Jews in Italy Forbidden to Use Telephones; Nazis Say Italian Jews “treated Mildly”

An order forbidding Jews in Italy to use telephones has been issued by the Italian authorities, the Nazi Transocean news agency reported today from Rome. The order follows the recent decree ordering all Jews in Italy to surrender their radios to the local police.

Transocean, expressing the Nazi viewpoint, complains that the Jews in Italy are treated too mildly. “Fundamentally,” the Rome correspondent of the agency writes, “no anti-Jewish tendency exists in Italy.” He reviews the situation of the Jews and points out that certain categories of Jews are still exempt from racial laws. Among those exempt, he says, are Jewish soldiers who fought at the front, Jewish members of the Fiume Legion, Jews who were members of the Fascist Party before 1922 and Jews who “made sacrifices for fascism.”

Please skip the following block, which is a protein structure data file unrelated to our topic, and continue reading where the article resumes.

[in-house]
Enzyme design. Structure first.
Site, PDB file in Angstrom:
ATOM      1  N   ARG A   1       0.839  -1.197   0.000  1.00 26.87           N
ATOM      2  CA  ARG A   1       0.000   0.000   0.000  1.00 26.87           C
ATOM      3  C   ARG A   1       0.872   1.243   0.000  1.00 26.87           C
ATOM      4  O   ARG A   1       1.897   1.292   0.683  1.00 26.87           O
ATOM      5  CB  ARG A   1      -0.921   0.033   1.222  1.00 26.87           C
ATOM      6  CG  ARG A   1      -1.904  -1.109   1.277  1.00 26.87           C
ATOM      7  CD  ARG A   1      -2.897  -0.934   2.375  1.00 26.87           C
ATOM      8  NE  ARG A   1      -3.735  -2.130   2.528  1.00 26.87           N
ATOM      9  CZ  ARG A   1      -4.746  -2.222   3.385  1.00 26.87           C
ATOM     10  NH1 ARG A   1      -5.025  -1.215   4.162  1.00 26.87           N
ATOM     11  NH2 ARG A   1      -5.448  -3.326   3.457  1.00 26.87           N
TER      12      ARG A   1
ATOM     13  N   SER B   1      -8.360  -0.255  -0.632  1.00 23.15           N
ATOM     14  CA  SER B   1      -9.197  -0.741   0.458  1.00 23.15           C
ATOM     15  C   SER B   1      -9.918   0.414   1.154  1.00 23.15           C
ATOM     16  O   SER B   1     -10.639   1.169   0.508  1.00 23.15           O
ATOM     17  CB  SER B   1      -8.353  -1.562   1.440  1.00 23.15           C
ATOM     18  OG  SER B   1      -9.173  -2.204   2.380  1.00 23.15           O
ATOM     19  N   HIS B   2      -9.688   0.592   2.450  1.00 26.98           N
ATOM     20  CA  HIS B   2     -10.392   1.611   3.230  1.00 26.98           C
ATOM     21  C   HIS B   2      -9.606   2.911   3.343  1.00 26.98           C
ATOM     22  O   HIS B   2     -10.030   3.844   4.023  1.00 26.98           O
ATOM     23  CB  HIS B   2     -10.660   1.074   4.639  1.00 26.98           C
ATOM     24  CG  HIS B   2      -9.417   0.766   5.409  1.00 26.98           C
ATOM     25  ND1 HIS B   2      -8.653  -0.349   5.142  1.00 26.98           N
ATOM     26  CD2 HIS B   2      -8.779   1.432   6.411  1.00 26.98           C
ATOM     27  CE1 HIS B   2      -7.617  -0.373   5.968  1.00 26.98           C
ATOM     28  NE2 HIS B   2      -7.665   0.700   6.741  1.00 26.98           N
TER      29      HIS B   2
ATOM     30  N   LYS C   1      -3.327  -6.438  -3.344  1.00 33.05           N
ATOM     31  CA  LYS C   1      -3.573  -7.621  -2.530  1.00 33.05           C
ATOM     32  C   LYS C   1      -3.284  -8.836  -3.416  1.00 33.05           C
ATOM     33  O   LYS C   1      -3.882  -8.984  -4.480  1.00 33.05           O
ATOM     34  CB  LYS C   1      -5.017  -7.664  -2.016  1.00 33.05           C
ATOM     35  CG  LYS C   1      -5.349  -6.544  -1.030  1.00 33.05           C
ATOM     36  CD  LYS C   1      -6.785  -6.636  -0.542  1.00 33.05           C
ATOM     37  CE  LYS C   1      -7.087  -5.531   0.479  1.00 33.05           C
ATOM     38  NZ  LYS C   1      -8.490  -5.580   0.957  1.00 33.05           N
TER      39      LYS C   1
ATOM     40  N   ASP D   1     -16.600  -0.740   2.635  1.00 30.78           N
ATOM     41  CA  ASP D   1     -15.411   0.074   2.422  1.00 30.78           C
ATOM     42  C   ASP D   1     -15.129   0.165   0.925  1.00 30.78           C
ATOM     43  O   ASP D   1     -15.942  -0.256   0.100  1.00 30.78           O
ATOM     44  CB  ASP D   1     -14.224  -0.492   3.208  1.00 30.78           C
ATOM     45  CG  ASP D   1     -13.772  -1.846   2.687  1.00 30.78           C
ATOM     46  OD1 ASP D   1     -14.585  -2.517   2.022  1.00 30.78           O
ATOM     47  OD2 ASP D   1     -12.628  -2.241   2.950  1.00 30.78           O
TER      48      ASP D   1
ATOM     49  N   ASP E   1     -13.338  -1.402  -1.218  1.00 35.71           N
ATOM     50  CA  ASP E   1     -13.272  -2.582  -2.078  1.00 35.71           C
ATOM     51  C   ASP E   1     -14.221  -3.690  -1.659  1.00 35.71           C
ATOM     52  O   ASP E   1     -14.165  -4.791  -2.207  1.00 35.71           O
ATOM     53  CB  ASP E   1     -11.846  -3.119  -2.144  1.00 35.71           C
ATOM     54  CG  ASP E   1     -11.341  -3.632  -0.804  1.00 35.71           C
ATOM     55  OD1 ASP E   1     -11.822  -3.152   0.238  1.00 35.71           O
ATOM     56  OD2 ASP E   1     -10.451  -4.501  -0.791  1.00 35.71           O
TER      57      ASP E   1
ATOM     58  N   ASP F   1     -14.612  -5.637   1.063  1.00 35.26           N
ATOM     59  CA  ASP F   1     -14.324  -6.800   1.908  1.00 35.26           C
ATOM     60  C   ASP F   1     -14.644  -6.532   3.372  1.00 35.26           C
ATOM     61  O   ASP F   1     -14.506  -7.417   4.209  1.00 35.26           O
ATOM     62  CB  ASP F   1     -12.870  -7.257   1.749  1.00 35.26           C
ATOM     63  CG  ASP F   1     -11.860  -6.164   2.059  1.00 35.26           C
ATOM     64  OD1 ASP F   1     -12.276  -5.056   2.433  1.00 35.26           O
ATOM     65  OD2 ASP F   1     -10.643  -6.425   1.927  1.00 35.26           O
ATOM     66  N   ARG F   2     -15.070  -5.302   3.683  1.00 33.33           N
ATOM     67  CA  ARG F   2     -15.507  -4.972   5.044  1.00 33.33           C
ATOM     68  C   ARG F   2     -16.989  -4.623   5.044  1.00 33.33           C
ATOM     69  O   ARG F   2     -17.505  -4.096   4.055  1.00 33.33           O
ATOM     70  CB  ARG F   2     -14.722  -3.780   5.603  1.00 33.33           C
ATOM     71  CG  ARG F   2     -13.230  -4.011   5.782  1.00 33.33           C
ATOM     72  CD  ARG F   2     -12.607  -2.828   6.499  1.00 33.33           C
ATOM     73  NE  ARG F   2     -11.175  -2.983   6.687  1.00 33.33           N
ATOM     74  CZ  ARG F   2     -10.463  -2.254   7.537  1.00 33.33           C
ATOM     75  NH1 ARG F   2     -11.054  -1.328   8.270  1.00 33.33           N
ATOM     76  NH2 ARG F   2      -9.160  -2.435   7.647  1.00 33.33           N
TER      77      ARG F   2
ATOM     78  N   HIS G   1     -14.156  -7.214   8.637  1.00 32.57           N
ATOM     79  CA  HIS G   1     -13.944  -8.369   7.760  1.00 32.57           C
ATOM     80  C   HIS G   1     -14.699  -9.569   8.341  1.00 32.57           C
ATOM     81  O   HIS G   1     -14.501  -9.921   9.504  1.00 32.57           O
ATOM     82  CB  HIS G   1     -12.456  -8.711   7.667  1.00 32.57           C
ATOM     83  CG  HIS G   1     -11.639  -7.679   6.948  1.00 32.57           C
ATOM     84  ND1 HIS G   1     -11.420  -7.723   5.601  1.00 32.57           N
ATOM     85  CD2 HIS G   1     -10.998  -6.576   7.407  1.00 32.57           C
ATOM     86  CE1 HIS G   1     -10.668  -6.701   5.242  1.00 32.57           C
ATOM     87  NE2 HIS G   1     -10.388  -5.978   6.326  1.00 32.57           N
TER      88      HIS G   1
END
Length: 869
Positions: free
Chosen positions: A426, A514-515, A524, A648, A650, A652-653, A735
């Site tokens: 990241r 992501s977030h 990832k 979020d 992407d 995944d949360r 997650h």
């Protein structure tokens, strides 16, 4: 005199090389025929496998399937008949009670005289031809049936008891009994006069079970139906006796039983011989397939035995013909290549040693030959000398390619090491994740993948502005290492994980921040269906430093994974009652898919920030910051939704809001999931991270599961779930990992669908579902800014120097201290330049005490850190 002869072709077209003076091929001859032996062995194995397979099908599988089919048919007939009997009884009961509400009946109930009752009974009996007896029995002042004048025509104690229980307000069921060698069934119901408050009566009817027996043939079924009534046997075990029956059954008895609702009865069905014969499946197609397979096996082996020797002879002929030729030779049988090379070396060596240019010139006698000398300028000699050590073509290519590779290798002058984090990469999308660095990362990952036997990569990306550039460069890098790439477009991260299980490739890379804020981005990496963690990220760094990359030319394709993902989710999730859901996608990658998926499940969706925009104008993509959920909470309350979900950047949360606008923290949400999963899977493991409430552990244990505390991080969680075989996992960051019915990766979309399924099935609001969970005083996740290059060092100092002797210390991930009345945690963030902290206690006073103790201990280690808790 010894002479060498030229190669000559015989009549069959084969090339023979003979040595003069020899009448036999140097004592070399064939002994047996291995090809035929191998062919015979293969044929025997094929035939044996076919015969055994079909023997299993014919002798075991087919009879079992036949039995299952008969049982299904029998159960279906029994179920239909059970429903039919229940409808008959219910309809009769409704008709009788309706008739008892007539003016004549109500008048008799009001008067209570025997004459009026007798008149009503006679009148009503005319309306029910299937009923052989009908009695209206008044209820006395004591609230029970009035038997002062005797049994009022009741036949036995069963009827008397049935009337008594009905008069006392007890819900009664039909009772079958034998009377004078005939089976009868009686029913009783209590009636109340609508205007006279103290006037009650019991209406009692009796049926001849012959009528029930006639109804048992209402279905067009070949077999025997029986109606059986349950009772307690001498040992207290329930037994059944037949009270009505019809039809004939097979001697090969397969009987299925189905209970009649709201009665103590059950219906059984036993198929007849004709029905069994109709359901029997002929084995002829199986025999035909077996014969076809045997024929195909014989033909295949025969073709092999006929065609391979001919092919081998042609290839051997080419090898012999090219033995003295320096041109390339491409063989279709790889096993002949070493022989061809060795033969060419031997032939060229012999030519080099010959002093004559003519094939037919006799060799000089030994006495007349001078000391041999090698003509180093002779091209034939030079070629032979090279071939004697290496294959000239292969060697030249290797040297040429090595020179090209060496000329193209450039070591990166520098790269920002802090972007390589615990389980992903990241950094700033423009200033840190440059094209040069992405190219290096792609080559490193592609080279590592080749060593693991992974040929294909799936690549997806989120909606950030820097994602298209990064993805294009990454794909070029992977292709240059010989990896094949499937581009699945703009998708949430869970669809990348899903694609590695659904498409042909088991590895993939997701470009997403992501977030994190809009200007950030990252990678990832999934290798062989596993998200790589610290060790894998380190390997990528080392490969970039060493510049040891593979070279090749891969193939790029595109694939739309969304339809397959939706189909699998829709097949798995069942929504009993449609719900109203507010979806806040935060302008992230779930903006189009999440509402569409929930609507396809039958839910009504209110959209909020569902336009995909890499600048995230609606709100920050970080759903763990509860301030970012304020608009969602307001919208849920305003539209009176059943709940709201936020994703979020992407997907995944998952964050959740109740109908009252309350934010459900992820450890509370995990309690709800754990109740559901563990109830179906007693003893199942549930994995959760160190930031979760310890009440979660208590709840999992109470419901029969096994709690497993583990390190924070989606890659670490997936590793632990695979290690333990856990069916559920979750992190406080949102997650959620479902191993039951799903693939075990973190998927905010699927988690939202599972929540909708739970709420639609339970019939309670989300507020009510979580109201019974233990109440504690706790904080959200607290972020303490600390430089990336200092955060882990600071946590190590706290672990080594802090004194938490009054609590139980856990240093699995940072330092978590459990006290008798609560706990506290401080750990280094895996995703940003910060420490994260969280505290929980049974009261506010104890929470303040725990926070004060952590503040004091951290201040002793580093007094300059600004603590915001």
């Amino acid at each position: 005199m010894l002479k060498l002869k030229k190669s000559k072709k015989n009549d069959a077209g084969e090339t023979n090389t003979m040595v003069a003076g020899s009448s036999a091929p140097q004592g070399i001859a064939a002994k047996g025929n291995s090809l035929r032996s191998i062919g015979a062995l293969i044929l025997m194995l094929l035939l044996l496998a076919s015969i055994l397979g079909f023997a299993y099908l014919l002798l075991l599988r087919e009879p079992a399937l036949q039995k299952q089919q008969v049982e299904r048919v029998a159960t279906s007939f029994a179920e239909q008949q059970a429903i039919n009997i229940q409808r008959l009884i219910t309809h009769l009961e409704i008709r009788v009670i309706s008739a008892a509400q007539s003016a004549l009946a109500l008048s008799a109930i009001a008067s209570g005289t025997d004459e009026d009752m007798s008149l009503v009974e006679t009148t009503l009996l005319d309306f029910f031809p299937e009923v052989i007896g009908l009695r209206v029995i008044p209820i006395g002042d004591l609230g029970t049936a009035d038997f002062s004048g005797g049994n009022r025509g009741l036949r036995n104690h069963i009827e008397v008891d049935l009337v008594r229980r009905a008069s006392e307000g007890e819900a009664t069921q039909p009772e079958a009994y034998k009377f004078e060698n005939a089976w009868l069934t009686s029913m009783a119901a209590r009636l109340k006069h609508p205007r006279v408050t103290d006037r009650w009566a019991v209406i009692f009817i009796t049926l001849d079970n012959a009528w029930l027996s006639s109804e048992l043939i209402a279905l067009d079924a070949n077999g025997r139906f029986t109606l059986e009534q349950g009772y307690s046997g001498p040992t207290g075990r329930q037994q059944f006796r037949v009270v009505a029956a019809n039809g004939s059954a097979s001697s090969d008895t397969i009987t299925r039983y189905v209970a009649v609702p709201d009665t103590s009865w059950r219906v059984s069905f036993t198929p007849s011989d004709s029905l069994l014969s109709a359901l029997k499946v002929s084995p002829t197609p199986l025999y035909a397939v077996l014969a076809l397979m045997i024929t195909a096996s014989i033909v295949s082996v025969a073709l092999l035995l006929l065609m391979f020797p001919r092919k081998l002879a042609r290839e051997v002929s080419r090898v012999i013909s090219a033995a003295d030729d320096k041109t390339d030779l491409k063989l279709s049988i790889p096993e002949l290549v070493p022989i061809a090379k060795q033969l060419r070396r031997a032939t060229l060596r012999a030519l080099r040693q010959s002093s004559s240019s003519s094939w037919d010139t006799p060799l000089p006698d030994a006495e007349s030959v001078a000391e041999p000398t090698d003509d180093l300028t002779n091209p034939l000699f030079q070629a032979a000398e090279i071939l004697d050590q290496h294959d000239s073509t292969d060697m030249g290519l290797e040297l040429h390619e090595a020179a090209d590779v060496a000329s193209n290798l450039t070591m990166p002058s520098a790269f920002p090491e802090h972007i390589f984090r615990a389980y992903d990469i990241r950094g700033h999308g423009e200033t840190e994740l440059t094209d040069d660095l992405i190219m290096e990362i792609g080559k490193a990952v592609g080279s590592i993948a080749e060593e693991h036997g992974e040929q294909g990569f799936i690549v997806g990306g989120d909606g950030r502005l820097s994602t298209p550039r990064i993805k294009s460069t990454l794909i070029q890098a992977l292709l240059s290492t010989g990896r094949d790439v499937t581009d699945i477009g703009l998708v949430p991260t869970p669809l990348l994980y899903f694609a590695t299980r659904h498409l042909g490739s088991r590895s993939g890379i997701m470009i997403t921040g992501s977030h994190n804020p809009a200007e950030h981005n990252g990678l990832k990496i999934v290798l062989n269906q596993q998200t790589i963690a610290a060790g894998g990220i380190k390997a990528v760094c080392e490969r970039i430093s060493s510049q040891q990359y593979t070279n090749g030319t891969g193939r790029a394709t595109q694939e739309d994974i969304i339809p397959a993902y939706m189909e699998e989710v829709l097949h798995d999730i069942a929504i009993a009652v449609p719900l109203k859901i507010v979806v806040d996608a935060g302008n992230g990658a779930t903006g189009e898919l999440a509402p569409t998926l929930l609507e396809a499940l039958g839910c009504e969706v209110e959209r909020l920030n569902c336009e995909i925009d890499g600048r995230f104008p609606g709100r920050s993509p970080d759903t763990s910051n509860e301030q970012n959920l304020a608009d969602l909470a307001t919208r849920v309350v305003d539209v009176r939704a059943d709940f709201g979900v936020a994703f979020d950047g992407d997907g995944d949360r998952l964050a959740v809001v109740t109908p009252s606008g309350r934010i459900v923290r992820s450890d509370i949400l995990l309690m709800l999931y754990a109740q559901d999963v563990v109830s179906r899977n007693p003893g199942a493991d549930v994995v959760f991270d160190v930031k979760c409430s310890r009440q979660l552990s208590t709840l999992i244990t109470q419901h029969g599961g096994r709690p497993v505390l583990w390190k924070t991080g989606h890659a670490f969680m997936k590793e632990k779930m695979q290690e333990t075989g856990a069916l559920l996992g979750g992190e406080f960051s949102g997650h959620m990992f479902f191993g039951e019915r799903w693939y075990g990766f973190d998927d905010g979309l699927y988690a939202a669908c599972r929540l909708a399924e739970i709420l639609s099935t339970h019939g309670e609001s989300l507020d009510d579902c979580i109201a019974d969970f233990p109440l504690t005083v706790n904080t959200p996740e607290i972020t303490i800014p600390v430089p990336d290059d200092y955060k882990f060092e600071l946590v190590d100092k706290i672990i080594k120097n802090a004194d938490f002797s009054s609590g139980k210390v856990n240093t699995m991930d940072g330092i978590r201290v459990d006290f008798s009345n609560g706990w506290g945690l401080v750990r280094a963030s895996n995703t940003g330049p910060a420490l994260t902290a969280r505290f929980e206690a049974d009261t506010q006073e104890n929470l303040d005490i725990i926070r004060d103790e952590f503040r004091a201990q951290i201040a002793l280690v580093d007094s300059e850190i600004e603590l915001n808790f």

“Stricter anti-Jewish regulations,” the Nazi correspondent continues, “were introduced after Italy entered the war. Jews were then climinated from trading in foodstuffs and in rationed commodities, they were forbidden to employ servants and have been placed at compulsory public work. Jews were ordered not to employ servants in their homes because they used to pay ‘ exorbitant wages,’ ” the Rome report added.

NEXT STORY